Bulldog and Panther: The 1970 May Day Rally and Yale

Preamble: 1969 and Early 1970

New Haven Black Panther Party member in front of the crowd of approximately 1,500 attendees at a Woolsey Hall rally. Photograph by John T. Hill, 1970 April 13.


Broader discontent with the status quo was expressed in increasingly visible ways at Yale throughout 1968 and 1969.  The incorporation of women and racial minorities into the overwhelmingly white and male student body, faculty, and administration increased dramatically during this period, under the proactive guidance of Kingman Brewster, Jr., Yale’s president. At the same time labor dissatisfaction over the university’s treatment of women and minority employees festered.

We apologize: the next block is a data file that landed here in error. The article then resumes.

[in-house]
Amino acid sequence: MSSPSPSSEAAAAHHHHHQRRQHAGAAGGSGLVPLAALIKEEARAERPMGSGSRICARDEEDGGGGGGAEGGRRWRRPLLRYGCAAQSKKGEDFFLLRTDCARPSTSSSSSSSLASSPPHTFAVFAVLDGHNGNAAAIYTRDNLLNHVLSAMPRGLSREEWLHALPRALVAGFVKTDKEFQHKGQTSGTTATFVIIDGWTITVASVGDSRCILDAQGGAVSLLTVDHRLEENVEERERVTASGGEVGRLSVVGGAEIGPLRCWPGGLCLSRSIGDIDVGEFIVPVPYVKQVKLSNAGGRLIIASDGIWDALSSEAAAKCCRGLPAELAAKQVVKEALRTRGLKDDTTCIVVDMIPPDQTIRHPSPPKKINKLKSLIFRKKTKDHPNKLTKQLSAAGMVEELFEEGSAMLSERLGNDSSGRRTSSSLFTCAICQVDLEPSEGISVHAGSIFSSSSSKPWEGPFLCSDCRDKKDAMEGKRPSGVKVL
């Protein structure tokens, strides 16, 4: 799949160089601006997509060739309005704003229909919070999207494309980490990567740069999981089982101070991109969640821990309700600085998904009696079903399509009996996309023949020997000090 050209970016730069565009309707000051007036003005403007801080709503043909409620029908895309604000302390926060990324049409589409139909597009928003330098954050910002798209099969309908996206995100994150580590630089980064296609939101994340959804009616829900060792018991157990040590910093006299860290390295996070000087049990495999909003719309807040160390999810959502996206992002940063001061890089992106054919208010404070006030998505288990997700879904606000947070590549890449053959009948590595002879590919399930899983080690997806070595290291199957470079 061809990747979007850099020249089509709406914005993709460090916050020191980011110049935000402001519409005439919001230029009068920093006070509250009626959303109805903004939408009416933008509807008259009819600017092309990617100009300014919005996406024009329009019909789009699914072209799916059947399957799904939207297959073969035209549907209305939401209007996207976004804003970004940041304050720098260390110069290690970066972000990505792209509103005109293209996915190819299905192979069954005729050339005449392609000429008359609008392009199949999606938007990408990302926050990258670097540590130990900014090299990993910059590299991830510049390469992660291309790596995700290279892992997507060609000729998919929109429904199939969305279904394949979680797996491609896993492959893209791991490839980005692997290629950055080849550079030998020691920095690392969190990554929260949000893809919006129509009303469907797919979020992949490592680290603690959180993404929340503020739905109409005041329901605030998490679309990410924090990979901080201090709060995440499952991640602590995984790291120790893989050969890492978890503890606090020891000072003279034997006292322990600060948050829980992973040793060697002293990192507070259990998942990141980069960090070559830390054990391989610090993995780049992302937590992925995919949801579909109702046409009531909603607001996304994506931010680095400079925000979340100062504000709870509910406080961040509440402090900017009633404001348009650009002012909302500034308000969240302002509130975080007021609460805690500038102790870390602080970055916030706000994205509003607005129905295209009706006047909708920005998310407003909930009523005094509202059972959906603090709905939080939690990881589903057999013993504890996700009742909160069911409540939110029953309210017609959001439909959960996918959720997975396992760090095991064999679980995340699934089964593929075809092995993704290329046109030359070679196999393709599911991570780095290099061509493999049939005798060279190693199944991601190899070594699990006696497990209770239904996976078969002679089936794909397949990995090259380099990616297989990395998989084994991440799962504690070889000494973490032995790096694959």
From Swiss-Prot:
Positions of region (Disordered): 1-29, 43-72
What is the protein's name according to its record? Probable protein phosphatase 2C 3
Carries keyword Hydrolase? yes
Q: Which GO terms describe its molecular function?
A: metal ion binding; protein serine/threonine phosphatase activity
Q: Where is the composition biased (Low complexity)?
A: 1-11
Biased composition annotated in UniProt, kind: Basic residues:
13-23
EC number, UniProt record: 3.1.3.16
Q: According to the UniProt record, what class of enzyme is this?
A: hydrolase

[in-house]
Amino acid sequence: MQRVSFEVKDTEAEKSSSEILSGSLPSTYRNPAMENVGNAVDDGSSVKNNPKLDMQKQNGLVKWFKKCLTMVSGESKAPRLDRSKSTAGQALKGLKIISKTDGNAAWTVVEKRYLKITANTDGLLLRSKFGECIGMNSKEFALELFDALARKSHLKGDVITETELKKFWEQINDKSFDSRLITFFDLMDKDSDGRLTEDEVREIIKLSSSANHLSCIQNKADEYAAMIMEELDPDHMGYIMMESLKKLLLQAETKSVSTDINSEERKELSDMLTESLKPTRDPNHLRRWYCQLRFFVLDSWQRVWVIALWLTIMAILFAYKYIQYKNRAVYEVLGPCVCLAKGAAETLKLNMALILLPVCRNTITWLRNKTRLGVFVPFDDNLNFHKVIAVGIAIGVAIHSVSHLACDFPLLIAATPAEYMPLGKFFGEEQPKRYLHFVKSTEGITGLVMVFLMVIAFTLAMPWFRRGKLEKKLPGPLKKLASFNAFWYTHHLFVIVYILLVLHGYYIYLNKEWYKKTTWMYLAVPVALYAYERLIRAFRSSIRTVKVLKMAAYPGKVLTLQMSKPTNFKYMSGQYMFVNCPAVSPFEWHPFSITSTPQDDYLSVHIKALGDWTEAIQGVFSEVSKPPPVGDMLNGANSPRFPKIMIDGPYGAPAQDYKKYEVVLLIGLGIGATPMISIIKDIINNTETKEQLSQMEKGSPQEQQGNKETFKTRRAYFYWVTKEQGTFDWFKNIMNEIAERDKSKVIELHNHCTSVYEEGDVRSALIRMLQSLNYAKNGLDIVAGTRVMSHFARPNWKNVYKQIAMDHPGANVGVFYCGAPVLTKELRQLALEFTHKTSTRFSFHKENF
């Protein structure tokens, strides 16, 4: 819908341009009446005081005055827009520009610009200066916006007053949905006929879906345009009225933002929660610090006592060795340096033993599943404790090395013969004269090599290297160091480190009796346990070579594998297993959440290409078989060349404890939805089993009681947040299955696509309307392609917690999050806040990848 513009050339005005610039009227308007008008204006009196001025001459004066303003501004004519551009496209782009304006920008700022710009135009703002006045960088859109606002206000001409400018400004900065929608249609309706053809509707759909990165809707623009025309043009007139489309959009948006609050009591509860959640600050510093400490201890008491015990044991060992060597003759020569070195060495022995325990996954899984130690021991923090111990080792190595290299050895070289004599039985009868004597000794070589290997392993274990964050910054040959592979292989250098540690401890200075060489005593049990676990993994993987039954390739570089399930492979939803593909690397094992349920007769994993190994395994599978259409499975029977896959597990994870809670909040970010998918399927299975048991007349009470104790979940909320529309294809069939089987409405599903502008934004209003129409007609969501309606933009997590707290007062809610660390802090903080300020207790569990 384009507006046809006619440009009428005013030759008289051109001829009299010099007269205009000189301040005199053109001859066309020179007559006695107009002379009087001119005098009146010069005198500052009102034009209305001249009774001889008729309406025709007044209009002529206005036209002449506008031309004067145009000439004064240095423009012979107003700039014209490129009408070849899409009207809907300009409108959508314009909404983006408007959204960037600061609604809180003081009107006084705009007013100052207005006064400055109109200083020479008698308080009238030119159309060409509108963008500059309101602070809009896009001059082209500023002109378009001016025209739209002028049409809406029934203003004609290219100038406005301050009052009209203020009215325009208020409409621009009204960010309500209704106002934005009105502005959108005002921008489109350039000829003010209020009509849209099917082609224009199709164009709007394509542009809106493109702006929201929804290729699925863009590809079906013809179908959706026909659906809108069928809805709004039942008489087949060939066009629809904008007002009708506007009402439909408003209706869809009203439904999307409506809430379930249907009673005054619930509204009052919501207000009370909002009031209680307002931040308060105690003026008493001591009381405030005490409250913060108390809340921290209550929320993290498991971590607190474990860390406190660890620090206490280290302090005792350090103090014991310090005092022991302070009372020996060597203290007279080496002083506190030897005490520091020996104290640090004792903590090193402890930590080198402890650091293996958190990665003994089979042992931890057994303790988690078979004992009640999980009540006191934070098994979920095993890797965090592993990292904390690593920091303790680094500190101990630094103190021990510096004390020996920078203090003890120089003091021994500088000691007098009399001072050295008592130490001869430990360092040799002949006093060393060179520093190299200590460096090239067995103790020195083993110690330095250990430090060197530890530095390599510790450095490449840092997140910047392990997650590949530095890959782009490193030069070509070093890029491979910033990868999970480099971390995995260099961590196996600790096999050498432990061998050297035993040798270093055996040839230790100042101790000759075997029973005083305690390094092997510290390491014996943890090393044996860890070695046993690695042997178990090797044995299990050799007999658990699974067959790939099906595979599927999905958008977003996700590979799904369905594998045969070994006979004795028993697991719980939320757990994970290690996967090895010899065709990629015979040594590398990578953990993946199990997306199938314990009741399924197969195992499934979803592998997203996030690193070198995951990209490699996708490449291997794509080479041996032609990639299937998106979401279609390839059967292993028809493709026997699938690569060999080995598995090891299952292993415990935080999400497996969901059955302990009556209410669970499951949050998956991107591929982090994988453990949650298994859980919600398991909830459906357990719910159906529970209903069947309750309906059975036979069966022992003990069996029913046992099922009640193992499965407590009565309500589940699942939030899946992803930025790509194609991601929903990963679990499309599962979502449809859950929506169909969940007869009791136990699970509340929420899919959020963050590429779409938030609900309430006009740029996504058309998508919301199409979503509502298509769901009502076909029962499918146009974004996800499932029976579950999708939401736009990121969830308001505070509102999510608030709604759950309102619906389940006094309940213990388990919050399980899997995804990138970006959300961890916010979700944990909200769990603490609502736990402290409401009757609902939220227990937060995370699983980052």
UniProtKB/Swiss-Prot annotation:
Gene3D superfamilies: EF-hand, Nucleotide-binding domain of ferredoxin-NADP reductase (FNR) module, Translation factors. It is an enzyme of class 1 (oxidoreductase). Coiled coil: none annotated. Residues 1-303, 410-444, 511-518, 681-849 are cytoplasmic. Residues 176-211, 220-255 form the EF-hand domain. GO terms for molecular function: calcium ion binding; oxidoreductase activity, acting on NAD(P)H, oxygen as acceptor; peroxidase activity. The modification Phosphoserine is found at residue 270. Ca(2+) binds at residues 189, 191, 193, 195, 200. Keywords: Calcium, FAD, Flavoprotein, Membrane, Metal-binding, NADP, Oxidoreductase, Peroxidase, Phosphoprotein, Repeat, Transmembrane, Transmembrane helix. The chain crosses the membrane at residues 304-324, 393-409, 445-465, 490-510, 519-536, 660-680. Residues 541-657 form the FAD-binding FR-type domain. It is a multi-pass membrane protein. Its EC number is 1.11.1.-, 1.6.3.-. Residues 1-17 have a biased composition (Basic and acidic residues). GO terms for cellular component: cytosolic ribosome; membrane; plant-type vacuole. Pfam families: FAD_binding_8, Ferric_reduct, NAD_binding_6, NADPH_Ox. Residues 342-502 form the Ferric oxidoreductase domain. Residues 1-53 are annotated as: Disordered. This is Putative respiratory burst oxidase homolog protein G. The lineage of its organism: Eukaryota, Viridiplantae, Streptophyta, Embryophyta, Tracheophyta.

Under its director, J. Edgar Hoover, the FBI had for nearly two decades conducted covert, sometimes illegal surveillance, infiltration, harassment, and disruption of domestic organizations and individuals considered subversive. By early 1970 suspicion and distrust were rampant. The beginning of the New Haven trials of nine Black Panther Party members arrested for the 1969 Rackley murder appeared to many an extension of the FBI’s dirty tactics